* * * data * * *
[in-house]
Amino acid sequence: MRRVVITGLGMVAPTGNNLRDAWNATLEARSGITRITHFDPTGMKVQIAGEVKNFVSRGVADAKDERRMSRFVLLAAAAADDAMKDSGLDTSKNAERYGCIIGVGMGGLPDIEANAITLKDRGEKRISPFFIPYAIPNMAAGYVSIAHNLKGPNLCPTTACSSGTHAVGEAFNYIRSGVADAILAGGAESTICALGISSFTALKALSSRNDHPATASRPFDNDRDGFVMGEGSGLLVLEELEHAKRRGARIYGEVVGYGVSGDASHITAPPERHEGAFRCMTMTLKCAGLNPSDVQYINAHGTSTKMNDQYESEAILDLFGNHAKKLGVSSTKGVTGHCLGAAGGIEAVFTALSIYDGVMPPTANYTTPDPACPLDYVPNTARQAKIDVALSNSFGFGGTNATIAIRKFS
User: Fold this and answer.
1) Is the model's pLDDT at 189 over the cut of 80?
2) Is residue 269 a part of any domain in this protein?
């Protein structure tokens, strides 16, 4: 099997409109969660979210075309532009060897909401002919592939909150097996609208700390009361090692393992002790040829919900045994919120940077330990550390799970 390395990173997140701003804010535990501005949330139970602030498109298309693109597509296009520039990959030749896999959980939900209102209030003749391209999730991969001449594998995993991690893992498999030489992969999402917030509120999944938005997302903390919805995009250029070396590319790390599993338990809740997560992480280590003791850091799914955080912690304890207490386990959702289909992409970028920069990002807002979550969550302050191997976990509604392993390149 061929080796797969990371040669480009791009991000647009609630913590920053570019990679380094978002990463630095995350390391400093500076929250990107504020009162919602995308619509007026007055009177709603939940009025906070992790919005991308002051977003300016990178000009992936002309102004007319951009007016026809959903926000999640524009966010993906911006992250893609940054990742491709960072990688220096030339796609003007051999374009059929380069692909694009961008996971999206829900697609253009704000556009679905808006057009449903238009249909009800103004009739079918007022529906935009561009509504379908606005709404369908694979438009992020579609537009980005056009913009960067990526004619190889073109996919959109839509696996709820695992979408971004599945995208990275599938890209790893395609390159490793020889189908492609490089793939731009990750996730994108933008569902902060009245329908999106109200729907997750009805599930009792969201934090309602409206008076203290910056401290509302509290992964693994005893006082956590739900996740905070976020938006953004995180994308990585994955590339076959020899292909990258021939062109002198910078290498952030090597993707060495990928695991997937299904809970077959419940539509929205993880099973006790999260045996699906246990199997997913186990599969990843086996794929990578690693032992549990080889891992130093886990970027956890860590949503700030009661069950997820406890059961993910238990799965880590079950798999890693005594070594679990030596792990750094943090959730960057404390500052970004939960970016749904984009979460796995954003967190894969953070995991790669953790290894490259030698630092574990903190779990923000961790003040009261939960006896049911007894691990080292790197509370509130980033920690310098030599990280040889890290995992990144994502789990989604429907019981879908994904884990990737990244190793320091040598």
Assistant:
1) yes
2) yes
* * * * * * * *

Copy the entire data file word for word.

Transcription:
[in-house]
Amino acid sequence: MRRVVITGLGMVAPTGNNLRDAWNATLEARSGITRITHFDPTGMKVQIAGEVKNFVSRGVADAKDERRMSRFVLLAAAAADDAMKDSGLDTSKNAERYGCIIGVGMGGLPDIEANAITLKDRGEKRISPFFIPYAIPNMAAGYVSIAHNLKGPNLCPTTACSSGTHAVGEAFNYIRSGVADAILAGGAESTICALGISSFTALKALSSRNDHPATASRPFDNDRDGFVMGEGSGLLVLEELEHAKRRGARIYGEVVGYGVSGDASHITAPPERHEGAFRCMTMTLKCAGLNPSDVQYINAHGTSTKMNDQYESEAILDLFGNHAKKLGVSSTKGVTGHCLGAAGGIEAVFTALSIYDGVMPPTANYTTPDPACPLDYVPNTARQAKIDVALSNSFGFGGTNATIAIRKFS
User: Fold this and answer.
1) Is the model's pLDDT at 189 over the cut of 80?
2) Is residue 269 a part of any domain in this protein?
């Protein structure tokens, strides 16, 4: 099997409109969660979210075309532009060897909401002919592939909150097996609208700390009361090692393992002790040829919900045994919120940077330990550390799970 390395990173997140701003804010535990501005949330139970602030498109298309693109597509296009520039990959030749896999959980939900209102209030003749391209999730991969001449594998995993991690893992498999030489992969999402917030509120999944938005997302903390919805995009250029070396590319790390599993338990809740997560992480280590003791850091799914955080912690304890207490386990959702289909992409970028920069990002807002979550969550302050191997976990509604392993390149 061929080796797969990371040669480009791009991000647009609630913590920053570019990679380094978002990463630095995350390391400093500076929250990107504020009162919602995308619509007026007055009177709603939940009025906070992790919005991308002051977003300016990178000009992936002309102004007319951009007016026809959903926000999640524009966010993906911006992250893609940054990742491709960072990688220096030339796609003007051999374009059929380069692909694009961008996971999206829900697609253009704000556009679905808006057009449903238009249909009800103004009739079918007022529906935009561009509504379908606005709404369908694979438009992020579609537009980005056009913009960067990526004619190889073109996919959109839509696996709820695992979408971004599945995208990275599938890209790893395609390159490793020889189908492609490089793939731009990750996730994108933008569902902060009245329908999106109200729907997750009805599930009792969201934090309602409206008076203290910056401290509302509290992964693994005893006082956590739900996740905070976020938006953004995180994308990585994955590339076959020899292909990258021939062109002198910078290498952030090597993707060495990928695991997937299904809970077959419940539509929205993880099973006790999260045996699906246990199997997913186990599969990843086996794929990578690693032992549990080889891992130093886990970027956890860590949503700030009661069950997820406890059961993910238990799965880590079950798999890693005594070594679990030596792990750094943090959730960057404390500052970004939960970016749904984009979460796995954003967190894969953070995991790669953790290894490259030698630092574990903190779990923000961790003040009261939960006896049911007894691990080292790197509370509130980033920690310098030599990280040889890290995992990144994502789990989604429907019981879908994904884990990737990244190793320091040598």
Assistant:
1) yes
2) yes